Saturday, January 28, 2012

I think we need to understand college cost structures better

This post (in the midst of a long, long single page blog) was very interesting:

College Costs and Quality? I rather suspect that my experience as a university professor is pretty typical, although certainly there are much more dramatic. Over the past 15 years my real (inflation adjusted - just using the CPI) salary has fallen16.5%, 831/2 cents on the dollar, not counting various costs the universities have shifted to the faculty (and not accounting for the fact, which nobody seems to when considering the situation of seniors in our society, that as one ages medical costs are an increasing proportion of expenditures, and they have been rising sharply). The "special" equipment I need is a decent laptop computer, the provision to our department members of which has enabled them to reduce secretarial support. The courses I used to teach as seminars are now in amphitheaters, and, while the substantial advances in IT (when the equipment works) have certainly improved that teaching environment, it is still most certainly not comparable to the learning in the interaction, and professor attention to individual students, of the seminar format. Moreover, tests are inadequate measures of learning, and abysmal measures of creativity, yet evaluating and commenting on papers and projects in classes of this amphitheater size is simply physically impossible, and beyond the capabilities of teaching assistants, in my field anyway. Indeed, I suspect over emphasis on exams (and standardized tests) may actually stunt creativity (assignments here for psychologists and cognitive scientists).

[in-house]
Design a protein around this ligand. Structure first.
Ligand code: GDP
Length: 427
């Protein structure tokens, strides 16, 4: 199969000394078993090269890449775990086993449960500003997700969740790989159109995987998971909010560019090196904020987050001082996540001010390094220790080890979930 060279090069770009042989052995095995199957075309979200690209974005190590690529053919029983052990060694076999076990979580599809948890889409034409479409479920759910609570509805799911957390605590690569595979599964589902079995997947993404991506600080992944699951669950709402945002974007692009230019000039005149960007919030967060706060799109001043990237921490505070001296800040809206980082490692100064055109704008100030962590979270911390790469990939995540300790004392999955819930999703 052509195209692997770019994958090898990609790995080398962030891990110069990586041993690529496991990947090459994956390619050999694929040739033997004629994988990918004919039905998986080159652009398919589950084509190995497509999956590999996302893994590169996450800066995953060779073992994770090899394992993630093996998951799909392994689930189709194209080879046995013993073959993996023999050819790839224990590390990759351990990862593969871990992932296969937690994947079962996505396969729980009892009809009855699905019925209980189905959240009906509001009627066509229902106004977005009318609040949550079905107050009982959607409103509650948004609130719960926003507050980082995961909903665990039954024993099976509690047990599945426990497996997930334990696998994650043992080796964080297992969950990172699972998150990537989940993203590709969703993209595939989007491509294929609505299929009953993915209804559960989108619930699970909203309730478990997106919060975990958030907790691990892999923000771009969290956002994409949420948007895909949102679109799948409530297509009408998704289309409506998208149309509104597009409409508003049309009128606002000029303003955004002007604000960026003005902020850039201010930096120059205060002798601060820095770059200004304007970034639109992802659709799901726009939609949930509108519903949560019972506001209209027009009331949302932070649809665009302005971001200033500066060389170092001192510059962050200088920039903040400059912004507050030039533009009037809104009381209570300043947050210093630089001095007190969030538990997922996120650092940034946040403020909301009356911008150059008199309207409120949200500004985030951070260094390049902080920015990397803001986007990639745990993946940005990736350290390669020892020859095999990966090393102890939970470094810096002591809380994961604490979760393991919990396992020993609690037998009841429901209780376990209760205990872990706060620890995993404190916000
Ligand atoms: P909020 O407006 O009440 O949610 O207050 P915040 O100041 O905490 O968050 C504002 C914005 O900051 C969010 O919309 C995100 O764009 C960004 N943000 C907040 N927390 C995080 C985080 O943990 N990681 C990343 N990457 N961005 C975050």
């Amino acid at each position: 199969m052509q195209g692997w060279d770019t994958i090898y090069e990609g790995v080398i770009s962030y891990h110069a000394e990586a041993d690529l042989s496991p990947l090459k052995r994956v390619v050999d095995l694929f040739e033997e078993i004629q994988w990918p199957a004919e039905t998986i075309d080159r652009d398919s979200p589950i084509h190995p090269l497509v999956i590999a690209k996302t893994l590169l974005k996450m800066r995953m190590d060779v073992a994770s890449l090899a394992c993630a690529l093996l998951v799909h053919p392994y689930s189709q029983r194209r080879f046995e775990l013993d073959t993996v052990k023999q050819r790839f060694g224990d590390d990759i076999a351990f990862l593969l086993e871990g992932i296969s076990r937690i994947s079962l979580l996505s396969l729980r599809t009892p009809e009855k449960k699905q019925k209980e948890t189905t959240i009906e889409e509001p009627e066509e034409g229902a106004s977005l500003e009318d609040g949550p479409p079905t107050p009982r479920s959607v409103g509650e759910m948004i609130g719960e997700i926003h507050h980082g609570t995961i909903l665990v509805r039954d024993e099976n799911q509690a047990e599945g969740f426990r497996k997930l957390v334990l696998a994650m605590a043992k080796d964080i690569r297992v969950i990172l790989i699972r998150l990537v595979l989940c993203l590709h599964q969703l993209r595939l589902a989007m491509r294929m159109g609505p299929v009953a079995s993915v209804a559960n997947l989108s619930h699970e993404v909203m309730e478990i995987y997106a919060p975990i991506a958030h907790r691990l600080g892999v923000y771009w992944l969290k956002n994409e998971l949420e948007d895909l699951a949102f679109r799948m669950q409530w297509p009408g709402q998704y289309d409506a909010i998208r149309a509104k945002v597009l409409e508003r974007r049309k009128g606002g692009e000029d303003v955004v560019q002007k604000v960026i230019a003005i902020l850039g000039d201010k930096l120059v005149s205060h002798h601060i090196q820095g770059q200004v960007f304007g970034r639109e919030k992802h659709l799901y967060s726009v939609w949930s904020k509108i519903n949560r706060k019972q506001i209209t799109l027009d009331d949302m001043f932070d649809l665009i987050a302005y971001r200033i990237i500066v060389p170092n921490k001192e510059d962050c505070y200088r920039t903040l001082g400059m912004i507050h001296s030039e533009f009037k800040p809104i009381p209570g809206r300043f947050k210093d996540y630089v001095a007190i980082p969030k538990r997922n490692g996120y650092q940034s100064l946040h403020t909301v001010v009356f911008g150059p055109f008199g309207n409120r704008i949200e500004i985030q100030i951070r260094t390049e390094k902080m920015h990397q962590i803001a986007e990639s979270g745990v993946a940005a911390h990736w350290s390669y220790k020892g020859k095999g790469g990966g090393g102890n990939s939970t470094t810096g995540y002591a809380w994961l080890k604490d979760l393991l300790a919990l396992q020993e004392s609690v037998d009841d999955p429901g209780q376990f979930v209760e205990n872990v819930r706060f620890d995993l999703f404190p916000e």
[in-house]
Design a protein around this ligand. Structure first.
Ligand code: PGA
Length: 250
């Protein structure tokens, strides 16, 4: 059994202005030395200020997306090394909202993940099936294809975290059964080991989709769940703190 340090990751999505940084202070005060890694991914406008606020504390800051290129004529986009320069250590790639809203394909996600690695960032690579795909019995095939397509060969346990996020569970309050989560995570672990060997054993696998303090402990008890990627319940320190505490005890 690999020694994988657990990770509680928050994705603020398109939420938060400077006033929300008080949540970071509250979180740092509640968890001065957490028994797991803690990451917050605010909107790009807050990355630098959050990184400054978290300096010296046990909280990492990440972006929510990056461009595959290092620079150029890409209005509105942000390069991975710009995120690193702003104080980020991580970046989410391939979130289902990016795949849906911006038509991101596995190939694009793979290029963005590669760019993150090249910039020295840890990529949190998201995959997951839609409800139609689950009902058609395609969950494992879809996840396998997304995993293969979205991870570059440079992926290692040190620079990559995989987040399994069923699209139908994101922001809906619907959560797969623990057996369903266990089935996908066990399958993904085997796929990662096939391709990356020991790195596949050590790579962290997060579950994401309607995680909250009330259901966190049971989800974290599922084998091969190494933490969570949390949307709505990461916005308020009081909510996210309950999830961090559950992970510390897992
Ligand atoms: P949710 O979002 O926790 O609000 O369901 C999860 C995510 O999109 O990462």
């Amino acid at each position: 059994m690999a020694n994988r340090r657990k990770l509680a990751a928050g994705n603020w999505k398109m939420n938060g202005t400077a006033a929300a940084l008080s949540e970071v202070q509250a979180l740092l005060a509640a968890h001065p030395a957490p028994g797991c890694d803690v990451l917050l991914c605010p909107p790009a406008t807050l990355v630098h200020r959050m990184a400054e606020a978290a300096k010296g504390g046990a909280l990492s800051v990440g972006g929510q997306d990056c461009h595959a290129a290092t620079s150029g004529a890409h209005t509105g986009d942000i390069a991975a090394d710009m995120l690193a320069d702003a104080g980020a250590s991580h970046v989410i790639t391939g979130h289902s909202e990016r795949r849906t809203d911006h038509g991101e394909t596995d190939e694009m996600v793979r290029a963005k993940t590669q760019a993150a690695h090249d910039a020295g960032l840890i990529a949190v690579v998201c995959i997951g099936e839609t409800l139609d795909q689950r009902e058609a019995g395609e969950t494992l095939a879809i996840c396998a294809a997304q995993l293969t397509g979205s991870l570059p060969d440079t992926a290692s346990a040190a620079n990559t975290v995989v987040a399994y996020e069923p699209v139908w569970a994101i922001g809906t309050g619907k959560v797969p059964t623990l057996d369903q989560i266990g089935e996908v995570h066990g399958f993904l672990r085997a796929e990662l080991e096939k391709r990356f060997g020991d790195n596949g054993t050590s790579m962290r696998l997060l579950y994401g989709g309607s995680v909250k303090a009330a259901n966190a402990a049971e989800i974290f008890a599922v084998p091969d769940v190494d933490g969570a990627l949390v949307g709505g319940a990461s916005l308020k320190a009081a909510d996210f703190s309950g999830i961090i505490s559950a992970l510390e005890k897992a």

I think that there is a real need to understand why costs of college are escalating.  It seems to be a complex problem and I have begun to suspect that simple explanations are likely to be inadequate.  Some of the issues seem to be related to new services (e.g. information technology, increased reporting mandates, student services).  But it is remarkable that salaries for the most expensive workers can drop at the same time as costs are rapidly rising.

Some of this is likely due to loss of state funding.  But private schools have also grown more expensive with time and this cannot be solely attributed to changes in funding.

I would love to see a time series of university budgets, in real dollars, to try and understand this issue better.

1 comment:

  1. The community college I used to work for was founded in the 1960s with this revenue system to cover the budget: 1/3 tuition, 1/3 local property tax, and 1/3 state funding.

    In 2010, only about 1/6 of the money coming in was from the state.